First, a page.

They might as well have just written “everything is unblockable forever, win target game”. Why? Because Horsemanship was a mechanic restricted to Portal Three Kingdoms (with a few of the cards also printed in Master’s Edition III), and Sun Quan, Lord of Wu makes all your creatures have Horsemanship, himself included. And with there being only 36 cards in the entire game that even mention Horsemanship, it can get silly. He’s decently costed at a 6 drop and is just a very silly card in Commander, 6 mana being easy to get to. That being said, he’s still valued around 35 dollars for an original, and the reprint might fetch for around the same, if not a little less. The MSRP is 35, so he (along with another card from Portal Three Kingdoms that I’ll get to) is practically worth buying it by himself. He’s great in Commander, practically making him a win condition (especially if you’re playing infect or just Triumph of the Hordes, which I’ll review in Commanding Opinion as well) and just good for poking an opponent. As far as the art is concerned, it’s the same as the original, but that’s to be expected, as this is its first printing with a new border.

(ELSPETHFTW’s take – If you’re opponent is dead in one swing of your forces with Sun Quan on the board, it is Win Target Game. Horsemanship is probably one of my favorite mechanics in Magic of all time, simply because it’s on so very few cards. As Solemnparty said, he’s pretty good in a blue/black infect strategy, too.)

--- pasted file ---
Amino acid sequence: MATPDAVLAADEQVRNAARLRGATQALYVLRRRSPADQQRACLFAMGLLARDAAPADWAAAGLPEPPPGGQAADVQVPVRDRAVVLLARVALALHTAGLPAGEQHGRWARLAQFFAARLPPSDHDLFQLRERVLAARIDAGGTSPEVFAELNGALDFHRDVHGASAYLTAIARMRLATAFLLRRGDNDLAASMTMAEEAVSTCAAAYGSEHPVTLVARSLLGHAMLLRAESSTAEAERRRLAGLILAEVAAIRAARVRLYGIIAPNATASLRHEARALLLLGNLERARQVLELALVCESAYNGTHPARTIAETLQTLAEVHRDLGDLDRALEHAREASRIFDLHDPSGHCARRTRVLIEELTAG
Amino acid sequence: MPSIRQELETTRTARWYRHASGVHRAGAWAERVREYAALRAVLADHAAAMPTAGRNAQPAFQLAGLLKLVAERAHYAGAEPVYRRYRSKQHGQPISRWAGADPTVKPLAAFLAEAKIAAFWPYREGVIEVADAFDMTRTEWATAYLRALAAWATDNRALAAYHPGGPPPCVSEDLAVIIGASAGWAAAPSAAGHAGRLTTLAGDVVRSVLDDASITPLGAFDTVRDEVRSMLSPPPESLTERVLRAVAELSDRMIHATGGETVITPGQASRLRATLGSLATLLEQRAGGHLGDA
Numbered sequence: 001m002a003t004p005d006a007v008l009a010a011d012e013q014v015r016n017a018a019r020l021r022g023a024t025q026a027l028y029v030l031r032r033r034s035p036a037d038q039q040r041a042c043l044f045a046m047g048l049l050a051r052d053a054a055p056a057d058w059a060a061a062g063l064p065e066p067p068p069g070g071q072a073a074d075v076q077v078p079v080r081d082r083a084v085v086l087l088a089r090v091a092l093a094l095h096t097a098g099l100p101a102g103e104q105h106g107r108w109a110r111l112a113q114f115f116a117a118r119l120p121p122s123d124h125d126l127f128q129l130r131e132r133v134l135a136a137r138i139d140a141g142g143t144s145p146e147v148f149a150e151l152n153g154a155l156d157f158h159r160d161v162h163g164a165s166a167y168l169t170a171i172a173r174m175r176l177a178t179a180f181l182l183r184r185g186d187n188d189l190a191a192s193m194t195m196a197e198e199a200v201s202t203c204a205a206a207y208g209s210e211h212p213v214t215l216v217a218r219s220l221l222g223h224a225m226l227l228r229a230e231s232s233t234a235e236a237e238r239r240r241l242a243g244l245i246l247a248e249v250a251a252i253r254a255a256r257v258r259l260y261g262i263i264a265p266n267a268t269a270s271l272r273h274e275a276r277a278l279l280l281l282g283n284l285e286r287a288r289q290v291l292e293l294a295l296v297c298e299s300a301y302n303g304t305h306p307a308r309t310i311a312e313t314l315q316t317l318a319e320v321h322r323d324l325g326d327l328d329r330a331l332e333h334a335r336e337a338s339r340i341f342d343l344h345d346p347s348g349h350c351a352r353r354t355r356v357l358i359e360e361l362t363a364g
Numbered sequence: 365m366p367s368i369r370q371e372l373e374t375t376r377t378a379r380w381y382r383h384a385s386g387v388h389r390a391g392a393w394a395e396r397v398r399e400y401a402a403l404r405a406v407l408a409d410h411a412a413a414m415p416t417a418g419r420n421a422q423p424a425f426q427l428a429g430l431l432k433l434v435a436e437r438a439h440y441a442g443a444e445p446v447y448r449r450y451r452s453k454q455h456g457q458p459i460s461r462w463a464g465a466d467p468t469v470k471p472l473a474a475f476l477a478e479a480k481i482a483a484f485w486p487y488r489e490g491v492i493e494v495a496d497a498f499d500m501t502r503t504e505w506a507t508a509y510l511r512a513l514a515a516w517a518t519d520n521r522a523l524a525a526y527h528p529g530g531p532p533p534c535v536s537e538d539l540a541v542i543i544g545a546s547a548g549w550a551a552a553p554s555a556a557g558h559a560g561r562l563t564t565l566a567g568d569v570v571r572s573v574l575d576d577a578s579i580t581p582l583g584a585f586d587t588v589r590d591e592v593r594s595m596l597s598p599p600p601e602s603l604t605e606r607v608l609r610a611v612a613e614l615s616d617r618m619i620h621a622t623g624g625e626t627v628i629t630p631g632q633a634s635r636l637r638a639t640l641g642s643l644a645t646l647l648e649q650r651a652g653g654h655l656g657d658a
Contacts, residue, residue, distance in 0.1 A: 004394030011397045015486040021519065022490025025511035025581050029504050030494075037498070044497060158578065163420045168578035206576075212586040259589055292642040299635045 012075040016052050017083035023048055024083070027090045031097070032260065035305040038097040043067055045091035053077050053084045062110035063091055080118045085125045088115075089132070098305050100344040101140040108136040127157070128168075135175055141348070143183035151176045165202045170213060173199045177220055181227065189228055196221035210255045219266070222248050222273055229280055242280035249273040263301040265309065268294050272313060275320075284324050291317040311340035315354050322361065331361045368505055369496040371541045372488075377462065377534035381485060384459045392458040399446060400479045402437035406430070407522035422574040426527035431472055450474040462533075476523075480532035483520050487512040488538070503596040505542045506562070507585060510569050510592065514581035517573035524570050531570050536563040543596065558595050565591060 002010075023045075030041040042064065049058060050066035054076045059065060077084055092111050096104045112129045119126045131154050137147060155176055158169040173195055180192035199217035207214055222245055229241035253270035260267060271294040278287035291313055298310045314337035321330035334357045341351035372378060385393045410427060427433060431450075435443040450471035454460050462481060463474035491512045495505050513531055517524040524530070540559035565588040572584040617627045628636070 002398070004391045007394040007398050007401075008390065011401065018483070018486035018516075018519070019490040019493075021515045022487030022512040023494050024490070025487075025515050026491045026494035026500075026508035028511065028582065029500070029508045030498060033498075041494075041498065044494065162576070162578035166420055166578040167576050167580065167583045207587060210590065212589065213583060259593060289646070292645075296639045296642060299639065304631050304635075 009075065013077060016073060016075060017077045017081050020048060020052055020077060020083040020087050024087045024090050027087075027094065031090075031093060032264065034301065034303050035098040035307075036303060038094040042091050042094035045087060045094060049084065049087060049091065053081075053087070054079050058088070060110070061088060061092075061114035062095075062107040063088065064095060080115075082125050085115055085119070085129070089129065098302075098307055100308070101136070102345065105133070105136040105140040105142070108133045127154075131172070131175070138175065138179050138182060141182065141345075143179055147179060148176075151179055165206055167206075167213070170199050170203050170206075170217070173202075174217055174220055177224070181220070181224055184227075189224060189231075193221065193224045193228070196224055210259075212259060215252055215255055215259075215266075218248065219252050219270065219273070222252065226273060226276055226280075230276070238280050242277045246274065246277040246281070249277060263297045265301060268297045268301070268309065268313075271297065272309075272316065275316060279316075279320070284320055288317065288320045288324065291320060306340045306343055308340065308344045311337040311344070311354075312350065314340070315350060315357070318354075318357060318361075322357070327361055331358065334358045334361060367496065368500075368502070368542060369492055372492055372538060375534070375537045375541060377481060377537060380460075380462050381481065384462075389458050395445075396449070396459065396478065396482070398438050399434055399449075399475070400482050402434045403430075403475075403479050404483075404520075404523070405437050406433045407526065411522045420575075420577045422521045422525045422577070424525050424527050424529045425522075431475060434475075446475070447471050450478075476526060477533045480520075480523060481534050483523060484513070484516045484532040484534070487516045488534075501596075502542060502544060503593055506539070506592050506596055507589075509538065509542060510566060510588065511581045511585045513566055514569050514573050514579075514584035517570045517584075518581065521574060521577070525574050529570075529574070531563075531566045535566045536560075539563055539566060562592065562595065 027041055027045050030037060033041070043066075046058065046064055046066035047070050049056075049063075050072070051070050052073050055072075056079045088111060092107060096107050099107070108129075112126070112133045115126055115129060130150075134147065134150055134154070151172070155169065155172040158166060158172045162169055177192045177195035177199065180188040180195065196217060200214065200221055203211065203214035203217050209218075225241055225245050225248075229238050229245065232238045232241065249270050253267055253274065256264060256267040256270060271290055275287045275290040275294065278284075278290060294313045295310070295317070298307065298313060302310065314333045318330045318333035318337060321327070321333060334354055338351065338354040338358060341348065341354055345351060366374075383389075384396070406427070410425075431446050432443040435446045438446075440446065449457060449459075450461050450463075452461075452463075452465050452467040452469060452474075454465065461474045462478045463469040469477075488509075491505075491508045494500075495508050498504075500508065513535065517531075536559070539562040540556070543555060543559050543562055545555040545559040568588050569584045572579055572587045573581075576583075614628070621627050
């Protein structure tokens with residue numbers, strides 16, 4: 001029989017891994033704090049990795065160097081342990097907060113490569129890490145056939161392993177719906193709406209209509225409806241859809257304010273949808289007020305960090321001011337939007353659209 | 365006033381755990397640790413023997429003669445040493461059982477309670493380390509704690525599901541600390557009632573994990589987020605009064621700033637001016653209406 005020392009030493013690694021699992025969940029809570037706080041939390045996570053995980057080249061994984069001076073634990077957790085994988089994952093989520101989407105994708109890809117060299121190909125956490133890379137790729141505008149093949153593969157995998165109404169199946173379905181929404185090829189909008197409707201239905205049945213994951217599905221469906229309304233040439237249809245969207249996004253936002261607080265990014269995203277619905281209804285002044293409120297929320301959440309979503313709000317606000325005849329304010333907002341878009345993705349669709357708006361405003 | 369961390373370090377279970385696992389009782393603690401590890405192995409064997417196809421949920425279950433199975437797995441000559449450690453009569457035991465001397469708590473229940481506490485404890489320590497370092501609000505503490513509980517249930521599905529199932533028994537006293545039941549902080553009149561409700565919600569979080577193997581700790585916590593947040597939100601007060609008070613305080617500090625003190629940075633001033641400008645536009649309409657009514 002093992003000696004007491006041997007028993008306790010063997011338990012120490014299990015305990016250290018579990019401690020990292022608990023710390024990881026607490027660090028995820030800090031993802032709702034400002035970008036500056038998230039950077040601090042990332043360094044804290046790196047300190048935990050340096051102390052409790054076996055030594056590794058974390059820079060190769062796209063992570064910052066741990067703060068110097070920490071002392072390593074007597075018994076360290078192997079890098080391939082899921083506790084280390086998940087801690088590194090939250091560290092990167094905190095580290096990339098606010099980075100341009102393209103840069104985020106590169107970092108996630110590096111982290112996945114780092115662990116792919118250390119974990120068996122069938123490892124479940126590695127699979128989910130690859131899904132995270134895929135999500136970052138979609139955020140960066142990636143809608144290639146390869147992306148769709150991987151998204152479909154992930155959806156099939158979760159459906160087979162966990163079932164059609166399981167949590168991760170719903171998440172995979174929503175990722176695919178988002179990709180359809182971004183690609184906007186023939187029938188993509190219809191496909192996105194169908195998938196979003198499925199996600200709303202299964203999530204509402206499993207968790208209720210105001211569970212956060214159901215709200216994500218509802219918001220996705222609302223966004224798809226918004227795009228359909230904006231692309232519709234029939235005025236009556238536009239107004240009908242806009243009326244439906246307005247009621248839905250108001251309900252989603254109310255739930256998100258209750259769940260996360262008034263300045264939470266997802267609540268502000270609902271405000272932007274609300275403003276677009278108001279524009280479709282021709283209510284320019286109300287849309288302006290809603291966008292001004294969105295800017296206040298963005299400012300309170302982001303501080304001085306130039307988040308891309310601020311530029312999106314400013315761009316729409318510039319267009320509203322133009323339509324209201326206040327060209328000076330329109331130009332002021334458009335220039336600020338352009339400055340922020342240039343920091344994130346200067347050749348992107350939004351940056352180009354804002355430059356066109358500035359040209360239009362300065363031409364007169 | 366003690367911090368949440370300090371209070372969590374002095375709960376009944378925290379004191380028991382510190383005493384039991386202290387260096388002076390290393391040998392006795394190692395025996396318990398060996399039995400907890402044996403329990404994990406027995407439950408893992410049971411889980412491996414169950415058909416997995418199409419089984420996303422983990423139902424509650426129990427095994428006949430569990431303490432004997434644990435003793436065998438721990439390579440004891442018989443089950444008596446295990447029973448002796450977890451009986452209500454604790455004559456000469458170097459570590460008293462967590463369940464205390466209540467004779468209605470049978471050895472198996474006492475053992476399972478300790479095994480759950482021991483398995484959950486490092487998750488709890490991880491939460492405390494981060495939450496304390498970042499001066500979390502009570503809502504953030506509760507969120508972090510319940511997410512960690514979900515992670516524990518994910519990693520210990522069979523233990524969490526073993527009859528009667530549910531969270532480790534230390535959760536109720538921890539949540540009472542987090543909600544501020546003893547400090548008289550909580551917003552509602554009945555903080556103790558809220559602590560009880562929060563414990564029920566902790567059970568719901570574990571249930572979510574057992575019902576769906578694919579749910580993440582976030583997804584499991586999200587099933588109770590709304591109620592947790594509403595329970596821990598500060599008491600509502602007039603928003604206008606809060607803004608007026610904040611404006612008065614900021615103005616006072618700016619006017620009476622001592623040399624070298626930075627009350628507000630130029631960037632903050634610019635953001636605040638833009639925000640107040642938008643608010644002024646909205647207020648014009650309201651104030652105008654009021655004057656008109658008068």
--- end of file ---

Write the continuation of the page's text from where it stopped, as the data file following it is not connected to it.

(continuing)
Cao Cao, Lord of Wei is a decent card. 5 drop that taps to make an opponent discard two. Honestly, Cao Cao isn’t really all that great. In fact, on the secondary market he goes for less than Sun Quan, originals going for around 20 and the From the Vault ones going for around 12 or so. Regardless, Cao Cao is another Portal Three Kingdoms card, and is nice to see another printing of. Like Sun Quan, he has the same picture as the original, simply in the new border.

(ELSPETHFTW’s Take – Cao Cao is a fantastic reprint that sees play in discard-oriented Commander decks. He’s a lot of fun!)

Captain Sisay, originally from Invasion, is a decent card, but I wouldn’t say it’s worth being a General. She tutors legendary creatures every turn just by tapping her 2/2 self. They go for about 3 USD on the secondary market, namely because of seeing play in Commander, as it searches commanders that got shuffled in off of an Oblation or Spell Crumple, plus any other legends you’d play. Another thing about Sisay is that she also got gypped out of a new art, which is rather disappointing. A lot of people were concerned about the fact it seemed Wizards didn’t take this From The Vault seriously with the alternate arts, 4 of the first 8 I’ve reviewed here do not have new artworks.

(ELSPETHFTW’s take: Actually, Sisay seeks out not only legendary creatures, but any legendary card, including lands, equipments (like Umezawa’s Jitte), artifacts, and enchantments. So she’s actually a pretty decent Commander, overall, especially being in my two favorite colors! Selesnya Forever!)

However, I’m going to cut off Part I here; next, we cover the remaining 7 cards in From the Vault: Legends…

Part II of From the Vault: Legends